Substitute When Possible
You might have your hands on a fabulous recipe but
if you see the calorie and fat per serving, it might
throw off your entire daily nutritional balance. In
such instances, home baker, Sheeba Khurram of Mrs.
Cay’s Cupcakes
in
Glendale Heights, Illinois, substitutes ingredients
with healthier alternatives. For instance, she uses
unsweetened apple sauce and mashed bananas in her
desserts in place of sugar to cater to a more health
conscious clientele. She even finds apricot and pear
sauces at stores like Whole Foods to add a differ-
ent flavor to her desserts. Similarly, she makes an
unsweetened base in fruit tarts and uses brown sugar
instead of white sugar where possible.
“Honey is also a possible substitute, and a
Sunnah
,”
Khurram says. “Similarly, whole grain flour has more
fiber and is healthier for you. You just need to develop
the taste — like brown rice, it grows on you.”
Arm Yourself with Why
Dalia Hassabala, a certified holistic health coach
(
) gives workshops
across Chicagoland about how to beat the sugar
blues and nutritious eating.
“When the body craves something and needs energy, we
should give it what it wants, but try for the most natu-
ral solution,” Hassaballa said. “We need to get our body
used to natural sugar such as fruits, carrots and plant
based sources.”
Personally, she rarely eats desserts and when she
does, she chooses fruits because she asks herself why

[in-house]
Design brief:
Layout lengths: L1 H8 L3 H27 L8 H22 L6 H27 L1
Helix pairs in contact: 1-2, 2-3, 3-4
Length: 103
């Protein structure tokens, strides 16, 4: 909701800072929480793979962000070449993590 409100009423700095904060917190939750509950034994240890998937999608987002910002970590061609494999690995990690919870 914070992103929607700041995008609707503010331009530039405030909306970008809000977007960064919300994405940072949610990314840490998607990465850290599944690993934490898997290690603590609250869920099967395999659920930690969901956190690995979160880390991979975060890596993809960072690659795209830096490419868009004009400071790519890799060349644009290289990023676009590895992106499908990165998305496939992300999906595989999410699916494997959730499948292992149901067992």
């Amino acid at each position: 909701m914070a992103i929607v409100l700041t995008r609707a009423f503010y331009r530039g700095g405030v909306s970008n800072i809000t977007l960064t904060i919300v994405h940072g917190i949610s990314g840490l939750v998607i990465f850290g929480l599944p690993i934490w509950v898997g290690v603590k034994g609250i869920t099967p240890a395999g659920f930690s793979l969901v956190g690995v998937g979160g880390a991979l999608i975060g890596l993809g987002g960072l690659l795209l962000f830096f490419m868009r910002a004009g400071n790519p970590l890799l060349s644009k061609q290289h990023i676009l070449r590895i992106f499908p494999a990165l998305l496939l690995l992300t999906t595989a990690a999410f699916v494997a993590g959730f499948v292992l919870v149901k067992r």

do I want to have this sugar-loaded concoction and
what will it do to my body?
She is a firm advocate of learning more about
healthy eating as knowledge provides power to
make good choices. Coupled with will power, eating
right becomes natural and something to be proud of
instead of feeling sorry for yourself.
She buys almonds in bulk and grinds them into flour
for pancakes and other recipes. When she needs to
add some sweetness, she prefers naturally occurring
sugars like organic maple syrup or dates.
“Do not deprive kids of desserts as we are not with
them all the time,” Hassaballa said. “Instead make
healthy foods with them. When they are involved in
the preparation, they are more likely to be pleased
with the outcome.”
If we empower ourselves with the knowledge instead
of just saying no it will be easier to accept no when
we hear it. If you realize how the spike in blood sugar
will eventually lead you to crash, you will be encour-
aged to make wiser choices like a sliver of cake on a
special occasion.
Experts agree that desserts need not be taboo. We
just need to learn how to make wiser choices as a
service to our body and to set a good example for our
family.
Kiran Ansari is a writer and entrepreneur who lives with her
family in the suburbs of Chicago.
|
Summer 2013
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